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Annifred Solomon
Annifred Solomon


Breaking stereotypes, meme by meme

  • Sapna Moti Bhavnani as a Spoilt Modern Indian Woman | Facebook
  • Chandini Jha as a Spoilt Modern Indian Woman | Facebook

Sonam Mittal and Bruce Vain are hard at work, breaking gender stereotypes. It is made difficult by the fact that half of the population does not want this to happen. But Mittal and Vain have tasted success as one can find it on their Facebook page—The Spoilt Modern Indian Women. This social media campaign has ruffled feathers and irked some. At the time of writing this piece The Spoilt Modern Indian Woman has received 14,039 page likes and its growing steadily.

The popularity of the page is evident from the many articles that have already appeared in various publications. A meme series, first phase of which ran from January 8 to 22, run by the duo, received wide publicity and praise. The success was so huge that the creative minds behind it had to take a break from the flood of requests pouring in.

Vain explains that women who were interested submitted their photos which were then converted into memes. A text that sets up a stereotype is printed on top, but a plot twist at the bottom smashes the stereotype to bits. The shares and likes the meme series received surprised and elated Mittal and Vain. Vain says that they were flooded with requests after the initial few days of the meme campaign. "The response was beyond expectations. There were so many requests coming in. I was running out of ideas and realised I had to take a break," says Vain.

So they took a break for a few weeks and are now back again. On February 29, they started the second phase of campaign. "Excitingly, renowned hair stylist and gender activist Sapna Moti Bhavnani decided to participate in the campaign and endorse it. The first meme in the campaign's phase 2 featured Sapna herself," they said.

Both Mittal and Vain feel strongly about stereotyping as both have been its victims. Vain understandably uses a pseudonym after having faced abuses, both online and in real life, for supporting women. Once a man told him, "A man would only support a woman because he wants to sleep with her."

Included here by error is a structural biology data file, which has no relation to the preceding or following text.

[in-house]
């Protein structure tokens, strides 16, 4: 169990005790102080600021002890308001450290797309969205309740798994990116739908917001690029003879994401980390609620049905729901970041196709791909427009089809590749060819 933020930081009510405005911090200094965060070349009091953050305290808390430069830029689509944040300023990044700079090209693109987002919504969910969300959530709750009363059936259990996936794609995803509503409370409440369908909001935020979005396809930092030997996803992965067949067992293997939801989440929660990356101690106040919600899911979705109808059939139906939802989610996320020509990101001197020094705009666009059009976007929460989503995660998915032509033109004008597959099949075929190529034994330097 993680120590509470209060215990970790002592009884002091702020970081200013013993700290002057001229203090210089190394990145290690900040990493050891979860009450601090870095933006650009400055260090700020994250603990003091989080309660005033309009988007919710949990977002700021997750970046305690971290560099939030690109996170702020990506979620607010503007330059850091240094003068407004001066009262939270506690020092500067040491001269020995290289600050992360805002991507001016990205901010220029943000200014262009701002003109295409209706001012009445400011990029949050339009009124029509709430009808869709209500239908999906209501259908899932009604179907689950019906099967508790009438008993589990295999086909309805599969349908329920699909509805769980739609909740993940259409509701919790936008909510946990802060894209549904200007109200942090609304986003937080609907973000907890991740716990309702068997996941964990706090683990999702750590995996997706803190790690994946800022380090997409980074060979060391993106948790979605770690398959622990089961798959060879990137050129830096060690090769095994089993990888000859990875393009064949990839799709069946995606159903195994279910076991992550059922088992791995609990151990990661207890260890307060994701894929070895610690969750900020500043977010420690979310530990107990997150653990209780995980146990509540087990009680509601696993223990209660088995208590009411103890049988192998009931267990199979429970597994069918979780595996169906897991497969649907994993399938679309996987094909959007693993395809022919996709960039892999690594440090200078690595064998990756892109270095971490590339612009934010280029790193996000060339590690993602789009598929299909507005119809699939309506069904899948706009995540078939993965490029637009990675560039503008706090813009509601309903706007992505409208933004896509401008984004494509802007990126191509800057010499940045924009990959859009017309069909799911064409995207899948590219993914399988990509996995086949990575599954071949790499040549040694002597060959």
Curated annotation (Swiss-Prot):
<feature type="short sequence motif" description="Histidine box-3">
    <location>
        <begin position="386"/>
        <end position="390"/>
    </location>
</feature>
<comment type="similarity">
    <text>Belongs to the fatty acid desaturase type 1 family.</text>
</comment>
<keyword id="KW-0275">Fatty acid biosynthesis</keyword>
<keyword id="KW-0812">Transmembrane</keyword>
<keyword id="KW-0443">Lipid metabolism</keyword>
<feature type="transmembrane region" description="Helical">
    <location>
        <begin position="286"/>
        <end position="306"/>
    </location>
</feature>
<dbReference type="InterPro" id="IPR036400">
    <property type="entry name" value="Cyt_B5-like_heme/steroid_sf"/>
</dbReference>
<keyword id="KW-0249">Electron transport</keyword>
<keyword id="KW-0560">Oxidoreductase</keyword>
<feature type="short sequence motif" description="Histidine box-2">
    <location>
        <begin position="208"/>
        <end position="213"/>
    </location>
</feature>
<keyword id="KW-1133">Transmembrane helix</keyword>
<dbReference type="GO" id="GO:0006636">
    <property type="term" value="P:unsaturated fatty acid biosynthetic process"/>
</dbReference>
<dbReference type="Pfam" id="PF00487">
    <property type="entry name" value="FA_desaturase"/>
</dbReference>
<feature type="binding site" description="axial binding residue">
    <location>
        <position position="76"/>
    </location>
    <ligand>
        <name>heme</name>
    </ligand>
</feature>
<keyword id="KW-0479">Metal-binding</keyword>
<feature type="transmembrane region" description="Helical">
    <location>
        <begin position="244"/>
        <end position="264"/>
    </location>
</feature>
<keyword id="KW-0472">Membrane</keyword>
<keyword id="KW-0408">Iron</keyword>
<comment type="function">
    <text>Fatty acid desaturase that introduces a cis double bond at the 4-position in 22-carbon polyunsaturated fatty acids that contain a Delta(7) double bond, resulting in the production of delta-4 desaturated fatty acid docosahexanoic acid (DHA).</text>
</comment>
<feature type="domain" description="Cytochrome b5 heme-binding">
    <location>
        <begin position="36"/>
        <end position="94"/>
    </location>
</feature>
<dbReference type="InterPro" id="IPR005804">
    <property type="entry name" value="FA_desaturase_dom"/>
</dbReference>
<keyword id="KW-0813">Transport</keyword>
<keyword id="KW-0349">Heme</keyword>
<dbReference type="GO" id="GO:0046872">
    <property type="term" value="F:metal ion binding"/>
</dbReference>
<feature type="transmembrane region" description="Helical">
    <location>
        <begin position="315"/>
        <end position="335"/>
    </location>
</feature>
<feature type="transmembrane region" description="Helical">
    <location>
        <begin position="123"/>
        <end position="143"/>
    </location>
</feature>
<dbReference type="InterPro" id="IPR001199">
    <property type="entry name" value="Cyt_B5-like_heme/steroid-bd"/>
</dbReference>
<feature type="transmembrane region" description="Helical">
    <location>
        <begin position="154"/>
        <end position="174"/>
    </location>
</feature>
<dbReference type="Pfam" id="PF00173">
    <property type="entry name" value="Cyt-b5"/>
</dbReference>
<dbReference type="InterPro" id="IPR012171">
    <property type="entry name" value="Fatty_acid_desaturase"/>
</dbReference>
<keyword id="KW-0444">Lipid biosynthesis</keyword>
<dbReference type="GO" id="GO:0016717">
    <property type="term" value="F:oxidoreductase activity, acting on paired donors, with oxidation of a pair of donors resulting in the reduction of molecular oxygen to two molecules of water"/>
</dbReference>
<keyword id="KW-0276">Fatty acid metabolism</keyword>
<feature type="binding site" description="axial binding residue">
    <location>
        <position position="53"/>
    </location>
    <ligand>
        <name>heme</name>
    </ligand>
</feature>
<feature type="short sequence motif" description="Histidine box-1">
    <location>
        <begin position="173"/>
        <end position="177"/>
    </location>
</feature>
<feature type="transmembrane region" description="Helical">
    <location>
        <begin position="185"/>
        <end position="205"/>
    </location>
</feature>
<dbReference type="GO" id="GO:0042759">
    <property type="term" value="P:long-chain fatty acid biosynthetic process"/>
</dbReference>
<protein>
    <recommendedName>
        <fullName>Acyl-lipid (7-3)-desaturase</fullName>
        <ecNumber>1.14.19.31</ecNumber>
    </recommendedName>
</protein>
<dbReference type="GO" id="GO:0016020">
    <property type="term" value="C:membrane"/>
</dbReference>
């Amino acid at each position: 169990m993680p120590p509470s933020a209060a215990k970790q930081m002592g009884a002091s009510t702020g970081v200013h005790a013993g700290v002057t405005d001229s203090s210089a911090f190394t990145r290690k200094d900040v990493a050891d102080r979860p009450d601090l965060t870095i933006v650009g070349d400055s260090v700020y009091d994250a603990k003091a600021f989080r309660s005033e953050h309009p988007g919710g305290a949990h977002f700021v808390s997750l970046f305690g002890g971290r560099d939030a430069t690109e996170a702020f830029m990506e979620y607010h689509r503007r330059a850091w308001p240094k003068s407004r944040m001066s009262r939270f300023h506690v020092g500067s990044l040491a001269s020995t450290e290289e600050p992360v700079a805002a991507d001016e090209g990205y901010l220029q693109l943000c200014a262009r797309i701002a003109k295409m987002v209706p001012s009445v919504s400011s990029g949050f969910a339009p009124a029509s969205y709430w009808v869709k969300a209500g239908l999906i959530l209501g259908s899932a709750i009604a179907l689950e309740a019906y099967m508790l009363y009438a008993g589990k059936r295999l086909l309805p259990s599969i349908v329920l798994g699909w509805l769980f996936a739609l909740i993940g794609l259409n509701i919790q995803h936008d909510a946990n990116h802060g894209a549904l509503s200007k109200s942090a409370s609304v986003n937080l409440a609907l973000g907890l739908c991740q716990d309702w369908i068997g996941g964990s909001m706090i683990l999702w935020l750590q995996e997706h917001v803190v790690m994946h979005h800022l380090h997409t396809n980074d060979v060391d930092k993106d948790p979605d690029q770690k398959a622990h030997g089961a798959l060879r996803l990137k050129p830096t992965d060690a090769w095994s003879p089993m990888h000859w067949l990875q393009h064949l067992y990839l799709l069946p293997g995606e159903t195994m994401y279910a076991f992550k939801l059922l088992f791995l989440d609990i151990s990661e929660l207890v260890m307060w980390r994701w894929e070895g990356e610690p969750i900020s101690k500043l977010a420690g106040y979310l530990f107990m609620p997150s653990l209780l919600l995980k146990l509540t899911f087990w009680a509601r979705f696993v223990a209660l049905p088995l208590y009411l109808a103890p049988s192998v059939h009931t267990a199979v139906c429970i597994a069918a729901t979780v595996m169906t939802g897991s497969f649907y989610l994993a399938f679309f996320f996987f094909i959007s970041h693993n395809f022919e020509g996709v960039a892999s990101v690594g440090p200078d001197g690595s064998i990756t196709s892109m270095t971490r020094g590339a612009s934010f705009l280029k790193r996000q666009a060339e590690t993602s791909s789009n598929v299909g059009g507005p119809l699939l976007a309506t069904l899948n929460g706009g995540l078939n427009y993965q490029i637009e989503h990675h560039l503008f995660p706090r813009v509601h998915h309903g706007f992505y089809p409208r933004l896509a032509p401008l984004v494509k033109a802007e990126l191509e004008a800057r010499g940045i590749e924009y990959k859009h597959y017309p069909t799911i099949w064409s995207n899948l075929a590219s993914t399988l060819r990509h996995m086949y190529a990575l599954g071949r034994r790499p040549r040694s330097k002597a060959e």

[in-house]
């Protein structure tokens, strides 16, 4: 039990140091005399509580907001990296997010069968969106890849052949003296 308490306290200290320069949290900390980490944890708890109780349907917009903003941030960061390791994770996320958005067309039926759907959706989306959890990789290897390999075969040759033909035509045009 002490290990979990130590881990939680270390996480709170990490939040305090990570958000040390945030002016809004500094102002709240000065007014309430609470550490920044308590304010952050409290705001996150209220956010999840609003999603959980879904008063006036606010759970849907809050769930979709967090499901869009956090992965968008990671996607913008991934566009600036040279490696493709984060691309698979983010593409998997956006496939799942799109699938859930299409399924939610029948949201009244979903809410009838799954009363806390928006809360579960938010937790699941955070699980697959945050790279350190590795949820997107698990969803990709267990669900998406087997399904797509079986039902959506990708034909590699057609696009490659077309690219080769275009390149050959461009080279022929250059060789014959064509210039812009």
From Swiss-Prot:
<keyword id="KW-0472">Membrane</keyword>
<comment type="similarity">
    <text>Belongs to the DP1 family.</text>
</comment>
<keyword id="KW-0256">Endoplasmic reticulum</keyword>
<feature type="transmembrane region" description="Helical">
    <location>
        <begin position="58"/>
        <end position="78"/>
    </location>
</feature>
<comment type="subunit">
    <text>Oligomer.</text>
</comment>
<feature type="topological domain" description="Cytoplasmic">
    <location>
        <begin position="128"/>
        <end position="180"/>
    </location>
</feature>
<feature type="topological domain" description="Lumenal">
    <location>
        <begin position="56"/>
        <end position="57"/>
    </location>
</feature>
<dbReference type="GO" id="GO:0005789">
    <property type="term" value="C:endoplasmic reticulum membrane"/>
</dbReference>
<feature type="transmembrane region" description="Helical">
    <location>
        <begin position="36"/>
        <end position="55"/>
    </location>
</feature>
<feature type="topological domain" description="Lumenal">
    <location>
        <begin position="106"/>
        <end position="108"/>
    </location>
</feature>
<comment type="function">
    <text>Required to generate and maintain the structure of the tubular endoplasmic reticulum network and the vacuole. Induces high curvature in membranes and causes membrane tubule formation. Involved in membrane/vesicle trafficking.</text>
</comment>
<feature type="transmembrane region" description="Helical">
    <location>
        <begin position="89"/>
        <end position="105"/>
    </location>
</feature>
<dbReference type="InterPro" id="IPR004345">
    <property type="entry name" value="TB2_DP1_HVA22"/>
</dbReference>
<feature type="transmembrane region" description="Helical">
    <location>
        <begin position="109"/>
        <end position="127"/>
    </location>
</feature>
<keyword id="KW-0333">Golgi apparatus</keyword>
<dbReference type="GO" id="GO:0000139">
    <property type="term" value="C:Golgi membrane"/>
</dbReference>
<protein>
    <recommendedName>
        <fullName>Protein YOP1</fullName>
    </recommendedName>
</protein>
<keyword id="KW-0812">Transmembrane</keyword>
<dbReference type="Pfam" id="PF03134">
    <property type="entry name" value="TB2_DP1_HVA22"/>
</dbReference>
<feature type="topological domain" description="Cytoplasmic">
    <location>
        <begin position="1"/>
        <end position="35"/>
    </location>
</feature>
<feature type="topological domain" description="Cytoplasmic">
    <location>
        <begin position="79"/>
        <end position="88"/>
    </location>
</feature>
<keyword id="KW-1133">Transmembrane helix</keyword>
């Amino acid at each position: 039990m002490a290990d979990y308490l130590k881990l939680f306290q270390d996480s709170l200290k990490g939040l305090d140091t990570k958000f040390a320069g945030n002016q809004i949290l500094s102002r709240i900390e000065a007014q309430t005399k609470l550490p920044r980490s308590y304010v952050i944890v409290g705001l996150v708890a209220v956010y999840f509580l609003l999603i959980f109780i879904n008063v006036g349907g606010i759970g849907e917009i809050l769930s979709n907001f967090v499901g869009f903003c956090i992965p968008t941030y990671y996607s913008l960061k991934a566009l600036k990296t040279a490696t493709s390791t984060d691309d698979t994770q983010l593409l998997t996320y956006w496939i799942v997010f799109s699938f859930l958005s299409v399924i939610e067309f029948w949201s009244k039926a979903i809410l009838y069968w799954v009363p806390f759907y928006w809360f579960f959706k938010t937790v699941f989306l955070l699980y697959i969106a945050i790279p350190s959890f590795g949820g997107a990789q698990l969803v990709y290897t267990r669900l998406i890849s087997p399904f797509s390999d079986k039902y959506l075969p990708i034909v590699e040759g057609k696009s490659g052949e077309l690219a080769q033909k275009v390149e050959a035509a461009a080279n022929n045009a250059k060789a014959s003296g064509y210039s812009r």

Vain describes himself as a “feminist, assigned male at birth”. He says he grew up with “an unconscious male privilege” which he started questioning only when he reached his 20s. “Stereotyping takes away opportunities and marginalises them,” Vain says.

“People do not take women seriously. They say women are emotional and cannot take decisions. This is what Sonam and I are trying to disprove.” He is also into development communication and is also a social change campaigner. He has worked on gender- and sexual health-related campaigns and branding projects.

Sonam is a writer. She has been with the NGO sector since 2009, and her primary areas of interest are environment and gender rights. She is passionate about feminism, women's right and LGBT rights. When not thinking about the next meme, both of them are busy working for non-profit organisations.

So how did The Spoilt Modern Indian Woman come to be? Mittal and Vain met at a campaigning workshop and got talking about creating an online platform where they could challenge the gender stereotypes and misogyny with sarcasm and humour. They decided to attack definite types of stereotyping, when they realised it was easy to come up with witty lines against such stereotyping.

The term is taken from a blog post against Sonam, who was then fighting for justice in a sexual harassment case at her workplace. "A misogynistic blogger had made an obnoxious post about how Sonam is a "spoilt modern woman", who takes the liberty given by the Indian (male) society for granted, and how India is full of such women right now," the duo recalled. "After reading it we thought the best way to respond to such misogyny was by embracing the identity and exposing how every woman, at some point of time, has been assigned labels like these—simply for doing what she wants."

"We figured that the best way to beat regressive, sexist humour was with empowering, inclusive humour," they explained. So the page was created and The Spoilt Modern Indian Woman became an identity for every woman who has been vilified, harassed, abused and threatened for having an opinion and standing up to injustice. "We embrace the identity and wave it on the face of people who think that labelling a woman will bring her down," said Vain.

The page is always based on humour. But the duo regularly call out offensive jokes by posting snapshots and shaming those who posted them. "But what was shocking was that the same people, who made these offensive posts, then reported us for “bullying and harassment” and got the snapshots of their sexist and abusive comments removed from our page," they said.

The team has faced many such backlash. Vain recalls a college professor, who was extremely abusive towards women on the page. He was brought to the notice of the principle of the college. But the professor got together with a renowned sexist personality and started a campaign to get the page mass reported alleging that Mittal and Vain were "trying to ruin his career".

But Vain and Mittal are excited about the success the page has reached. They hope, one day, to take the fight global audience. “We titled the campaign #SpoiltModernIndianWomen in the first phase but since then, we have got so many requests to participate from other neighboring countries that we are now calling it #SpoiltModernDesiWomen. Who knows the next leg could be #SpoiltModernGlobalWomen!” they hope.

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